It’s pouring money and schemes in agriculture

No dearth of funds for agri credit and new institutions

 
By Latha Jishnu
Last Updated: Sunday 28 June 2015

No dearth of funds for agri credit and new institutions

Union Finance Minister Arun Jaitley cannot be accused of unveiling a populist budget except perhaps with agriculture. In a budget speech which went on for 140 minutes, proposals on agriculture speckled it from the middle to almost the very end. There were huge funding announcements and a rash of new research institutes to be set up in various parts of the country but overall it gave no clue as to what the Narendra Modi government’s vision is to revive and revitalise the primary sector.

Overall, it was more—and more—of the same that the UPA government has been doling out in the past decade. There was a steep increase in farm credit, more warehousing and more research institutions, all of which do little to address the fundamental problems of India’s farm sector.

“We are committed to sustaining a growth of 4 per cent in agriculture and for this we will bring technology-driven second green revolution with focus on higher productivity and include ‘protein revolution’ as an area of major focus,” said Jaitley in a pronouncement that has left listeners bemused, especially since Union Agriculture Minister Radha Mohan Singh has steadfastly refrained from speaking on the farm priorities of the Modi government.

What the 2014-15 budget has opened are the sluice gates for agriculture credit, a figure that has been going up by leaps and bounds in the past five years. In the interim budget in February this year, Congress Finance Minister P Chidambaram had set Rs 8,00,000 crore as the target for lending for the current financial year, and Jaitley says he will stick by this figure. It is another matter that such credit has benefitted small and medium farmers very little. Much of this bonanza is boosting the fortunes of companies that are in the business of agriculture, from warehousing corporations to those running reefer trucks and even state electricity boards in the name of helping the priority sector.

Jaitley’s other big ticket item was NABARD’s Rural Infrastructure Development Fund (RIDF) which gets Rs 25,000 crores in 2014-15, up from Rs 5,000 crore allocated in the interim in the Interim budget. In addition, the Short Term Cooperative Rural Credit (STCRC)–Refinance Fund gets a whopping Rs 50,000 crore allocation for 2014-15 to “ensure increased and uninterrupted credit flow to farmers and to avoid high cost market borrowings by NABARD”.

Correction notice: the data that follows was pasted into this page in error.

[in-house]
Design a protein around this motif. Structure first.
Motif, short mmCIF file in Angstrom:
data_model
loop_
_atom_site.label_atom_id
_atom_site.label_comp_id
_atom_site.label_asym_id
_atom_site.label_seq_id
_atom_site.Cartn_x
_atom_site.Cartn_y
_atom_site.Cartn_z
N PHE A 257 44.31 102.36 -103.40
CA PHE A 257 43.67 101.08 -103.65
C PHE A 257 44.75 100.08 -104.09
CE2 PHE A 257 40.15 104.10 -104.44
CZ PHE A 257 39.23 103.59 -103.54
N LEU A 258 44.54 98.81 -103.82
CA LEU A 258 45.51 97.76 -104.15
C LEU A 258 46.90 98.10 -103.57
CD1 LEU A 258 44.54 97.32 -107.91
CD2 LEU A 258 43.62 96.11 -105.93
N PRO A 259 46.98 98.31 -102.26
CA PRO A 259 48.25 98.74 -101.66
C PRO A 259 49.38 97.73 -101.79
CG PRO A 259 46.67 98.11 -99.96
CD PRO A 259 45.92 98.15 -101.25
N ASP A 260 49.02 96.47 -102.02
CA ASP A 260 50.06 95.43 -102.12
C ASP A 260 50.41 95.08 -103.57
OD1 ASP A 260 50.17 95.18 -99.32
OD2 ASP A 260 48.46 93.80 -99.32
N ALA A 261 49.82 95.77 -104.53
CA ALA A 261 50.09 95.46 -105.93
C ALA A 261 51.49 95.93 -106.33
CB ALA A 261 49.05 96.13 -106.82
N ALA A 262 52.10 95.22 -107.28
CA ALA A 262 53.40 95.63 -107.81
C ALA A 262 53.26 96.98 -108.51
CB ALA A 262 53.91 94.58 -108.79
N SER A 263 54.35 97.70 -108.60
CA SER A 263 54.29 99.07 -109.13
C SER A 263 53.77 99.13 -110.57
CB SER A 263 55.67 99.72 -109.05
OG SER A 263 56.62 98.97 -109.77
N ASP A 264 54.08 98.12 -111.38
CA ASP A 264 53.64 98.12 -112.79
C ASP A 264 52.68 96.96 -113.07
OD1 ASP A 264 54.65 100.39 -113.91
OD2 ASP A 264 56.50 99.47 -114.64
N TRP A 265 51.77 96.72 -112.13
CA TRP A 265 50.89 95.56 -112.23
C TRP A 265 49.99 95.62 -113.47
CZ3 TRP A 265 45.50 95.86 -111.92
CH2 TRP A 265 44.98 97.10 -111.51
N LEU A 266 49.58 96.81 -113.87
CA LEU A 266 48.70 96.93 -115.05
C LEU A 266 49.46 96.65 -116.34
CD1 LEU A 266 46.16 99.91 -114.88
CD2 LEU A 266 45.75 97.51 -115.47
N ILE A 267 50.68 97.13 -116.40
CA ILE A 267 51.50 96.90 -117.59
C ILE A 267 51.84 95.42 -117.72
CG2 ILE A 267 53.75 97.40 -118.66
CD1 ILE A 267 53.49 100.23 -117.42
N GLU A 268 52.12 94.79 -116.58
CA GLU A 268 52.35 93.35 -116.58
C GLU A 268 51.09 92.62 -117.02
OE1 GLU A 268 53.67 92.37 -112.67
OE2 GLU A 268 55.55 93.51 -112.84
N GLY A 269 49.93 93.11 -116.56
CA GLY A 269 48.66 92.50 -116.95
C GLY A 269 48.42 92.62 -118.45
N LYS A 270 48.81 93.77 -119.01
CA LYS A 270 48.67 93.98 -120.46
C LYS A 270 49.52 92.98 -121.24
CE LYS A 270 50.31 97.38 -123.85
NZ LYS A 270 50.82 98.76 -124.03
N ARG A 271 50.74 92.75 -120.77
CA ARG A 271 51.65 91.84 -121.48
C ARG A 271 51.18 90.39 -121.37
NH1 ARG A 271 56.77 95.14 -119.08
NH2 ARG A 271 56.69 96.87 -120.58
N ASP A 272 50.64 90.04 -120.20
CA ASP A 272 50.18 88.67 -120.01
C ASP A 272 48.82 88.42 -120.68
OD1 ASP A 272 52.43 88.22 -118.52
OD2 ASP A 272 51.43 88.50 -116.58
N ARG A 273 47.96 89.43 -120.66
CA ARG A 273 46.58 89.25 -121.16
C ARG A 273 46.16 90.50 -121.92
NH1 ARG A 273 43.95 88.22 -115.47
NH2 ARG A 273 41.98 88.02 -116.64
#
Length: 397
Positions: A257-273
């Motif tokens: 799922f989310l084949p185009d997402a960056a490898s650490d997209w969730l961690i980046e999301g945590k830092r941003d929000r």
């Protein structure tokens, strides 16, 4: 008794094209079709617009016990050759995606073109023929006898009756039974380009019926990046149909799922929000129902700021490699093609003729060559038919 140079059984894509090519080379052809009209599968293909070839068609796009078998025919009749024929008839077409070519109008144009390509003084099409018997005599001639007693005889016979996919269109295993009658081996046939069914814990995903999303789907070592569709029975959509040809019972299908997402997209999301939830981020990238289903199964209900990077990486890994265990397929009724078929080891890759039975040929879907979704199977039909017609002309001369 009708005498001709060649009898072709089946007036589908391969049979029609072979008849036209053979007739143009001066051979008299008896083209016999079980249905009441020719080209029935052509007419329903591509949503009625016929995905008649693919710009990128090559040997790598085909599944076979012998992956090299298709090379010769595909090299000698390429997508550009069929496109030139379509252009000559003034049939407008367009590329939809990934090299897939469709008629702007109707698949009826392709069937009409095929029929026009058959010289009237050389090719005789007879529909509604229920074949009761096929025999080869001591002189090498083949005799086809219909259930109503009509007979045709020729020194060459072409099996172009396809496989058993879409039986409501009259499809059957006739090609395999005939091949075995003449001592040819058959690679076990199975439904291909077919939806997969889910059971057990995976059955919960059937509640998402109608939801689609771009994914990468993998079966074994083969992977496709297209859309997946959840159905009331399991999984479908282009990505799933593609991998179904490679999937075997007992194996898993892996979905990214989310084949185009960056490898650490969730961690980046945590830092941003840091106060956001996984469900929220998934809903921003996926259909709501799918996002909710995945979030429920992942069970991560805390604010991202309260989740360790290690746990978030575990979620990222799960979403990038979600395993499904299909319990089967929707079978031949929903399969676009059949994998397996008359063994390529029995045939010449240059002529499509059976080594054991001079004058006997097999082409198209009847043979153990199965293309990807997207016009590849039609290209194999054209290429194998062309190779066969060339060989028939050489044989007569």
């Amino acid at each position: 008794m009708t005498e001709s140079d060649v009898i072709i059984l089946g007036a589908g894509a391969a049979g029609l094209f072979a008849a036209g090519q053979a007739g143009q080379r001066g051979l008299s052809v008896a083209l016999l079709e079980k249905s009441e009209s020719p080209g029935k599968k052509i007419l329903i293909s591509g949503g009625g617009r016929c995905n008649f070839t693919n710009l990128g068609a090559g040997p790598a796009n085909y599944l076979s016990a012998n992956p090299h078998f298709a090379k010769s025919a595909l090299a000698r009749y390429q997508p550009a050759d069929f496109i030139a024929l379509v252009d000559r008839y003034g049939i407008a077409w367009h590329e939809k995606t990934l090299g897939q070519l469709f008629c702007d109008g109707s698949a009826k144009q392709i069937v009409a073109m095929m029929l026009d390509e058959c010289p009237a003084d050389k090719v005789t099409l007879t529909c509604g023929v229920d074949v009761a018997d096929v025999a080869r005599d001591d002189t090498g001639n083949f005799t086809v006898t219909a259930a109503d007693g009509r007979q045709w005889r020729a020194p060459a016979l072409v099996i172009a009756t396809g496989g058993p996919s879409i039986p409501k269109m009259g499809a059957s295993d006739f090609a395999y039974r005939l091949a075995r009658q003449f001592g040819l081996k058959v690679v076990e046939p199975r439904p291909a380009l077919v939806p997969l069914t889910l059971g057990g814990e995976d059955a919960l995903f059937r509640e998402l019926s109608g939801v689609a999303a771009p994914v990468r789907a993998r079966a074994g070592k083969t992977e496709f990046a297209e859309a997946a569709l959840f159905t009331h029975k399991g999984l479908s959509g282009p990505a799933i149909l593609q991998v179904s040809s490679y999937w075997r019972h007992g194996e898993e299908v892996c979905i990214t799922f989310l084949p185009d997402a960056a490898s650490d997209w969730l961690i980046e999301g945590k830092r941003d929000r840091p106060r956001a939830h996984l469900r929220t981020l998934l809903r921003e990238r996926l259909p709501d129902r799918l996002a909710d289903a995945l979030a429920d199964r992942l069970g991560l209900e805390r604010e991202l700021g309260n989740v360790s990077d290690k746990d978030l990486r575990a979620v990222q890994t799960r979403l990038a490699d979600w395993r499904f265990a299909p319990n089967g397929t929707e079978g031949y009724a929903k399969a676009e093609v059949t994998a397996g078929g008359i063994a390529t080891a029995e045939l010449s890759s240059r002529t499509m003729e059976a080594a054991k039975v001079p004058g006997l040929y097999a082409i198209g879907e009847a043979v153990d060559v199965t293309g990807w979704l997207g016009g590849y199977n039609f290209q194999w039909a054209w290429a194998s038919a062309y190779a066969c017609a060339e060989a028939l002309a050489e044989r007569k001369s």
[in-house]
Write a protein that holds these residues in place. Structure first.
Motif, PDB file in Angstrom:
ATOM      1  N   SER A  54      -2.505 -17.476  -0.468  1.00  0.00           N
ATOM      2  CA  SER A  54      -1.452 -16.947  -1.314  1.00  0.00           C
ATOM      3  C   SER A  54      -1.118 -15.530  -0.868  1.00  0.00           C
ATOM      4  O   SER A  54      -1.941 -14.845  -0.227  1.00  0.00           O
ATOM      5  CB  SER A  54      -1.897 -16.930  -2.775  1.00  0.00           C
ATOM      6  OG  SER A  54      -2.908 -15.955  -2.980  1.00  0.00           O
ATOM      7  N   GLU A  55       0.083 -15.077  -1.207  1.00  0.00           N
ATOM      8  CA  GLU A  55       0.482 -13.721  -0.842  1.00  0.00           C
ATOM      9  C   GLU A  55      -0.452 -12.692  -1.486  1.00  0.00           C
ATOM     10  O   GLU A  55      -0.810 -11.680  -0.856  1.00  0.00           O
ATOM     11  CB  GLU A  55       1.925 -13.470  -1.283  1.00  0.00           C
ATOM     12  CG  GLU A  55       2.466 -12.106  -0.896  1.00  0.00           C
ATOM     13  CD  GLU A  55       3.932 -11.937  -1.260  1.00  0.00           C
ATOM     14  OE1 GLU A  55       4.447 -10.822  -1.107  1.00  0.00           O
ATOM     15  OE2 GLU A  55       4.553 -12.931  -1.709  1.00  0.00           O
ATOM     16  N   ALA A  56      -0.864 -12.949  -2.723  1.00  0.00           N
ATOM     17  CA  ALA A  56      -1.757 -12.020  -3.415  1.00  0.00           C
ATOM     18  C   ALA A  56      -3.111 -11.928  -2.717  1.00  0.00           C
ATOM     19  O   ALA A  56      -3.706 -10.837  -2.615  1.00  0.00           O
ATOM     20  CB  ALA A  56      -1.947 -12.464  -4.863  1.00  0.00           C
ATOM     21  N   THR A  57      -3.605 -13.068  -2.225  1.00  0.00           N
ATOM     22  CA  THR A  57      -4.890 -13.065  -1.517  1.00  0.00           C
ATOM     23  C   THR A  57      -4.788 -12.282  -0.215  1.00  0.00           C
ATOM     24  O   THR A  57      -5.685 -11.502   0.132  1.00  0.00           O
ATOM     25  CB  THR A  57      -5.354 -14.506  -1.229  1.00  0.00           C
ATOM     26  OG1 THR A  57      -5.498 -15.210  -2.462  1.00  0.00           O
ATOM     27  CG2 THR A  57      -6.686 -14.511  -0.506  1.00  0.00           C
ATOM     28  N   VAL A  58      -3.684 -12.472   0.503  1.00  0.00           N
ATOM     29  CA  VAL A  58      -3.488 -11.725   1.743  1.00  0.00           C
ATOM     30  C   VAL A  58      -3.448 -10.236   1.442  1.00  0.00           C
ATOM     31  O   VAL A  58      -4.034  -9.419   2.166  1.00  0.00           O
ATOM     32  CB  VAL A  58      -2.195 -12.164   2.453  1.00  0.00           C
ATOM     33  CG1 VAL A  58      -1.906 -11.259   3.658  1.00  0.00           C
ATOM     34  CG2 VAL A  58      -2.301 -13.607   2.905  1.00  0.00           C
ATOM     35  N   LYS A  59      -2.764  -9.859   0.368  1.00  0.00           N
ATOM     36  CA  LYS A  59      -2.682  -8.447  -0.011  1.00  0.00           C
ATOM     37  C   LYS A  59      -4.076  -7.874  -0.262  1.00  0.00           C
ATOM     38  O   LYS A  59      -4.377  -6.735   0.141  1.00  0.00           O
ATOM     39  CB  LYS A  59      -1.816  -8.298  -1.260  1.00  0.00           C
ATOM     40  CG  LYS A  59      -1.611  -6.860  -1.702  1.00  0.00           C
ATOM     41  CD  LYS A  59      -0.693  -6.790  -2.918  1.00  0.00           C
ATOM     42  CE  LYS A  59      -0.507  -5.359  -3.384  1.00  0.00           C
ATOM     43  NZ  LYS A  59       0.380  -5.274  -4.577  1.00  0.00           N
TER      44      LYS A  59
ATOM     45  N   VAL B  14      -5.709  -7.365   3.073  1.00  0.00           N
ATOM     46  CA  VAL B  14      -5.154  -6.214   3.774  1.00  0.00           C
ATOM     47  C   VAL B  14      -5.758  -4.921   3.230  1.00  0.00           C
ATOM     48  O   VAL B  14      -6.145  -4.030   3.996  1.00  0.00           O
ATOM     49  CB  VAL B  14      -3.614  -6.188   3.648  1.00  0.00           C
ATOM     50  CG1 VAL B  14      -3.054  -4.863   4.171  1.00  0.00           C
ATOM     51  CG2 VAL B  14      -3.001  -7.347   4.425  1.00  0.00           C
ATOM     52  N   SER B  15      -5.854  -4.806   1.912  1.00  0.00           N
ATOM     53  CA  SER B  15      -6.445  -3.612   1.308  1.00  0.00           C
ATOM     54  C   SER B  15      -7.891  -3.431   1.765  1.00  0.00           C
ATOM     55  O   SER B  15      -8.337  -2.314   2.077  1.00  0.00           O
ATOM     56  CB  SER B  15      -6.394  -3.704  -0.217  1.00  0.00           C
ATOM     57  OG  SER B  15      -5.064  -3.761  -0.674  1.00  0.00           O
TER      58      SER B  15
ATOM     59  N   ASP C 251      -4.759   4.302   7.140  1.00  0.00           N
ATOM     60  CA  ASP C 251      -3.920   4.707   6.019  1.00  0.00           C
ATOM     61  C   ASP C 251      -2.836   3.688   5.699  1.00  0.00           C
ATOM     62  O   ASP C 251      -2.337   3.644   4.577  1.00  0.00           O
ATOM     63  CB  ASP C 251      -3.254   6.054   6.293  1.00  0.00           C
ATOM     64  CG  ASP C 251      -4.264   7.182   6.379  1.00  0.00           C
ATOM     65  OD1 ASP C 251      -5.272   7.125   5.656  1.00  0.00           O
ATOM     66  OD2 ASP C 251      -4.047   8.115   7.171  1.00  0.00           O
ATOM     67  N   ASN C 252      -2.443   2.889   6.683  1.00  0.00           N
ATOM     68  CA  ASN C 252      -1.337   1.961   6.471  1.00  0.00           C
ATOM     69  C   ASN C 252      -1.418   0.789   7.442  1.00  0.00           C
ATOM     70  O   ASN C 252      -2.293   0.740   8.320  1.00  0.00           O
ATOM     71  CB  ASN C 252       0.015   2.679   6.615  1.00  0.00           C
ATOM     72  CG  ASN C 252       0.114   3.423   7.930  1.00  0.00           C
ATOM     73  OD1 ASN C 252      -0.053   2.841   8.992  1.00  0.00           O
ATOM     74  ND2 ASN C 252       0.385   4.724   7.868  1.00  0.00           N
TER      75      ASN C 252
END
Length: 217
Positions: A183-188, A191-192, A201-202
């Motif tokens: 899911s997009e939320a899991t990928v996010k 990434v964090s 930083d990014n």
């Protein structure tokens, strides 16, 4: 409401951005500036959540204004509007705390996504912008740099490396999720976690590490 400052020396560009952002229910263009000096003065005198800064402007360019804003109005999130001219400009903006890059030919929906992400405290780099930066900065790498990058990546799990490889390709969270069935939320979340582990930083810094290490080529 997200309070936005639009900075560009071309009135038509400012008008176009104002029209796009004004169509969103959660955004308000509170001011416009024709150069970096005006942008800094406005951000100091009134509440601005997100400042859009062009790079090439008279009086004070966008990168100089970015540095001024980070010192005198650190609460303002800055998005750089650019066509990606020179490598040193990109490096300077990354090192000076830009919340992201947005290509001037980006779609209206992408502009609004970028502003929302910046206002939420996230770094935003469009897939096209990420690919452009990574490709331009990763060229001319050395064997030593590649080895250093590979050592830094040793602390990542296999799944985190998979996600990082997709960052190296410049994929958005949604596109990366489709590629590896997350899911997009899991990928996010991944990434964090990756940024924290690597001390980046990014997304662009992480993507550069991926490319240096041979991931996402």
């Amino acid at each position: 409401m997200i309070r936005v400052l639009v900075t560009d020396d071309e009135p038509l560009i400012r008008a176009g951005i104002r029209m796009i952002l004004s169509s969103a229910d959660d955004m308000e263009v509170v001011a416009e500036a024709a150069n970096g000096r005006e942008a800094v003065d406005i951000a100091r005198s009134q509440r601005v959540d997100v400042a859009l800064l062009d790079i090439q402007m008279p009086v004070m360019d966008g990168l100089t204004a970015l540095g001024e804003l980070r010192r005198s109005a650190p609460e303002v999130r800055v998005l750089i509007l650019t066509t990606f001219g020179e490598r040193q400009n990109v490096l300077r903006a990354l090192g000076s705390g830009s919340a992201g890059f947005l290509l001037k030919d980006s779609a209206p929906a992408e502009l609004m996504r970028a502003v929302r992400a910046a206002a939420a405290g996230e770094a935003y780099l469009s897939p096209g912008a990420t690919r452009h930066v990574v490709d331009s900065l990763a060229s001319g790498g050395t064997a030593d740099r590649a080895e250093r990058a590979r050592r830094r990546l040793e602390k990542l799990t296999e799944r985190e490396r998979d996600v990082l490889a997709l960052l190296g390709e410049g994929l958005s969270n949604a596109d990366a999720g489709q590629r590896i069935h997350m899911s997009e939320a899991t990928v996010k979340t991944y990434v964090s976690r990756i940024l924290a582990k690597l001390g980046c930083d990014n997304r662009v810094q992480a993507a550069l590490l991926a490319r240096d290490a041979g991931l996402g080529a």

Clearly, the Modi government sees no problem in widening the credit pipeline although there is little explanation as to how all this will flow to the millions of small and marginal cultivators who comprise the bulk of Indian farmers. Analysis by RBI economists has shown that small farmers got a mere 3.77 per cent of the credit in 2007, with the lion’s share going to large farmers or agribusiness ventures. It was the same in 2011-12, too, when then finance minister Pranab Mukherjee announced a huge boost in total farm credit. DTE had pointed out (In the name of the farmer) that small and marginal farmers got only 5.71 per cent of the credit.

Of the many schemes announced by Jaitley what could prove beneficial is the Warehouse Infrastructure Fund for increasing the warehousing capacity to increase the shelf life of farm produce. For this, he earmarked another Rs 5,000 crore for the current year to meet what he called the “urgent need for availability of scientific warehousing”.

In a speech riddled with perplexing observations on agriculture, the finance minister said that in order to make farming competitive and profitable, “there is an urgent need to step up investment, both public and private, in agro-technology development and creation and modernisation of existing agri-business infrastructure”. According to him, Indian Agricultural Research Institute (IARI), Pusa, has been at the forefront of research in this area and as such two more institutions of this kind would be set up in Assam and Jharkhand with an initial sum of Rs 100 crore in the current financial year.
 
IARI is the premier research institution of the Indian Council of Agricultural Research (ICAR) focused on crop research and its work is relevant to the entire country. There is no rationale for replicating IARI in other parts of the country, specially since different kinds of research institutes already function in the east and northeast. In any case, the Rs 100 crore set aside for the two new IARIs is peanuts, says an ICAR old-timer. “The focus should be on toning up the work of IARI and not in setting up new labs with pitiful funding,” according to the crop scientist who says governments over the decades have not understood how to tone up agriculture research in the country.

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